The primary bedroom, before.

You won’t find many simple sheets of drywall in Arden’s home. Most of the walls are either covered in shiplap, beadboard, Roman Clay, or wallpaper. “I think that adds a lot of depth and warmth to the space,” she says. The floral wallpaper in the couple’s bedroom is from the John Derian x Pierre Frey collaboration; the closet door in the nursery is swathed in Farrow & Ball’s Light Blue; and even the ceiling in the kitchen is covered in beadboard.

The nursery, before.

Why no backsplash tile, though? Because “at that point, painting with satin paint, it’s very easily wipeable,” she explains. She also thought tile would feel too cold in the cozy galley space.  

Bring in Some Shimmer

The kitchen, before.

When Arden bought IKEA’s affordable butcher block countertop, she didn’t realize at first that the material is actually a combination of veneer, laminate, and particleboard. So when her contractor cut out an opening for the farmhouse sink and she saw the raw board inside, she thought of a fix fast: brass carpet edging from Etsy. “It was the exact right dimension,” she says. Plus she likes to think of the touches of brass (including the marine lights on the ceiling) as jewelry for the space.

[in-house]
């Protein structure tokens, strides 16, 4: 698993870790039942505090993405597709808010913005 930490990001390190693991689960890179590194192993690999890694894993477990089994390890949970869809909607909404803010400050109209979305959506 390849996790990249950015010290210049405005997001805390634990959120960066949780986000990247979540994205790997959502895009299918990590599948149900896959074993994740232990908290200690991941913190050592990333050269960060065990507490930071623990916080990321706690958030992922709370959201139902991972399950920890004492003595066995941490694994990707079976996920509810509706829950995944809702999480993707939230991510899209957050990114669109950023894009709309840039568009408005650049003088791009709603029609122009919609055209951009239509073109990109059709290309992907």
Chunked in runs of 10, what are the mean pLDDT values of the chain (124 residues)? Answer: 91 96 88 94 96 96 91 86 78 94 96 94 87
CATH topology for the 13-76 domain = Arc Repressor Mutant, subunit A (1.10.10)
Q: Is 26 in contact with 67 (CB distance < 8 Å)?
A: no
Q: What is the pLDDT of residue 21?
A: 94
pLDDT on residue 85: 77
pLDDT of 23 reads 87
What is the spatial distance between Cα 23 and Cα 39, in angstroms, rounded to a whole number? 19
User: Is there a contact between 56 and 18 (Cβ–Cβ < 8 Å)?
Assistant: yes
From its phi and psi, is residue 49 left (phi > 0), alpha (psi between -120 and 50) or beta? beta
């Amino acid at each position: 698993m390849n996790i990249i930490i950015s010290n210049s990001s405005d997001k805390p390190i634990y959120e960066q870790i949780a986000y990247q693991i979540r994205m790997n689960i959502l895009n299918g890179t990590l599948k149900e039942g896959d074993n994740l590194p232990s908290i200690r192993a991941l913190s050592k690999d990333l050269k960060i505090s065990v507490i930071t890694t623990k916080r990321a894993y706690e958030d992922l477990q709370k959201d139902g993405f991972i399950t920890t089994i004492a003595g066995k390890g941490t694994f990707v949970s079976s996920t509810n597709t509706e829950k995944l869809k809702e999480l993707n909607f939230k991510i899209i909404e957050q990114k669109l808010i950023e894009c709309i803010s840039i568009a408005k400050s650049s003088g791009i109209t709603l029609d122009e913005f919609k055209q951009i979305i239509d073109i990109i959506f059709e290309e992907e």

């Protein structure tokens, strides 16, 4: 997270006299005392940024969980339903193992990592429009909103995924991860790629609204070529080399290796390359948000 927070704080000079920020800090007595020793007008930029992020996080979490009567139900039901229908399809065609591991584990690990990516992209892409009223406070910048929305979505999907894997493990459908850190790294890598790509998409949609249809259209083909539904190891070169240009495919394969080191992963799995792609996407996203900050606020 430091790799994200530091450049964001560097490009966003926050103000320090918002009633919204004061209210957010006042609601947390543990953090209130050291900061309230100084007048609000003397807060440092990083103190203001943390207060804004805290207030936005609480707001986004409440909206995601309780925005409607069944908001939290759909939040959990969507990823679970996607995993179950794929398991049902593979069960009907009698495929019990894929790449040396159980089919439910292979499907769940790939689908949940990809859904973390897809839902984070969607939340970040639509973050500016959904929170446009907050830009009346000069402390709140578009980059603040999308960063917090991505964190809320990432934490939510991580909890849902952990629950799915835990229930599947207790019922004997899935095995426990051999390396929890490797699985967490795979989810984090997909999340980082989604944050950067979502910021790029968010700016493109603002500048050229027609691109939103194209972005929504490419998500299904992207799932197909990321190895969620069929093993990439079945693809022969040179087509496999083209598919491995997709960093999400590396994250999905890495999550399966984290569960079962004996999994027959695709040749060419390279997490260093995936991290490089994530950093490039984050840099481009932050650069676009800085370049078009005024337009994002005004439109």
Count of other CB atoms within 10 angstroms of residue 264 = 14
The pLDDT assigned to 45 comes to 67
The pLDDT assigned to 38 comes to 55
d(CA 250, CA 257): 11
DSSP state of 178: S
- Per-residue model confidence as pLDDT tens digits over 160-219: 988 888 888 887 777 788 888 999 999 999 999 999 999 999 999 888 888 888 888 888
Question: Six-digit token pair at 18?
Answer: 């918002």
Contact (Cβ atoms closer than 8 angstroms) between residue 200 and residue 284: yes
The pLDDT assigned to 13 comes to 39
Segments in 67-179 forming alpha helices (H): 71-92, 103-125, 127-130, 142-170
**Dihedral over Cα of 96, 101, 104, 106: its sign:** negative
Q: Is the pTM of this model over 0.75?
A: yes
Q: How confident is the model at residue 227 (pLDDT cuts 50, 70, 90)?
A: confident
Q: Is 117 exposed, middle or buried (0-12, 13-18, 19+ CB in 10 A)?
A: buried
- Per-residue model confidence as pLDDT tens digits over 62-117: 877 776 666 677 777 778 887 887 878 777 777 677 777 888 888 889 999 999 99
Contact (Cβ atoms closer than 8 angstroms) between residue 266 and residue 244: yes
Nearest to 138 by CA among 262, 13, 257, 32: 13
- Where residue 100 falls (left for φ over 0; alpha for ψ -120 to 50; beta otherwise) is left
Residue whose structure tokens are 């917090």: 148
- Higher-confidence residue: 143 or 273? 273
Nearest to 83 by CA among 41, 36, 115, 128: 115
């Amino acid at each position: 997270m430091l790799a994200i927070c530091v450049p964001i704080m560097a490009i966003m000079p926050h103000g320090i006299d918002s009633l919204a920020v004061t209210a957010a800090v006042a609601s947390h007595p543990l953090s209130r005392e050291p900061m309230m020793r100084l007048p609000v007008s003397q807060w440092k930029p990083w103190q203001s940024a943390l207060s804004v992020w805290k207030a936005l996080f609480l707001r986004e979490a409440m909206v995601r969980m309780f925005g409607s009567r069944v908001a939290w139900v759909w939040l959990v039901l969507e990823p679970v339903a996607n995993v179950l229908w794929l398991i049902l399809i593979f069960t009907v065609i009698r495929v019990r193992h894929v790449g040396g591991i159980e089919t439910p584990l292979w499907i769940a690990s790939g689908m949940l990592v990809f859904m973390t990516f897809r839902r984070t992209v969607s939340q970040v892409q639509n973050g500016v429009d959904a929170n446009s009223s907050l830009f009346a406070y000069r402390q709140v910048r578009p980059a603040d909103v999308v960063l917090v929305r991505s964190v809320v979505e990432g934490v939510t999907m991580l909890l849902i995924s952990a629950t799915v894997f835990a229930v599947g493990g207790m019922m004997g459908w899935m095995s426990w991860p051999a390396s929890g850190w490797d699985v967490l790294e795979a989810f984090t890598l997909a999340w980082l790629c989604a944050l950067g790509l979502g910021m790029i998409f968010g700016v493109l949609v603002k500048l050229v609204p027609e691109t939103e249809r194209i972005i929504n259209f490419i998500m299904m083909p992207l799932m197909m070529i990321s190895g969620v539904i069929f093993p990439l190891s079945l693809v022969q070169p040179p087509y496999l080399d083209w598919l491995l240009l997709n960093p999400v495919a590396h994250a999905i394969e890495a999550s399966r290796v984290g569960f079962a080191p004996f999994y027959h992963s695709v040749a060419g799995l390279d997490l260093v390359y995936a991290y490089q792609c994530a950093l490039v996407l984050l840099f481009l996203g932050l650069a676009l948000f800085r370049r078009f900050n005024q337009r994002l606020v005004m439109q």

Have Fun With the Scale of Your Lighting

The nursery, before.

Arden’s inspiration for her newborn’s room is just what you’d imagine for a nursery in a Catskills cottage: She wanted it to be a little bit whimsical but mostly very calm. Bringing in the oversize flush mount light from Crate & Barrel’s Athena Calderone collaboration set the scene. The piece is 40 inches wide and made out of breezy rattan. 

Look to Your Favorite Hotels for Ideas

To figure out how to fit a toilet, shower, and sink in the other roughly 6-by-6-foot bathroom, Arden turned to the Marlton Hotel in New York City, which has “the cutest bathroom I’ve ever seen,” she says. During a stay there, she whipped out her measuring tape and wrote down every single dimension so she could replicate a similar arrangement at home. The floating sink pad is clad in leftover tile from another Byrd Studio design project and topped with a sink from an Etsy vendor in Morocco. The shower saves space with a fixed panel of glass, and she was even able to squeeze a stacked washer and dryer in a closet opposite the toilet. Blowing out walls isn’t the only way to reno.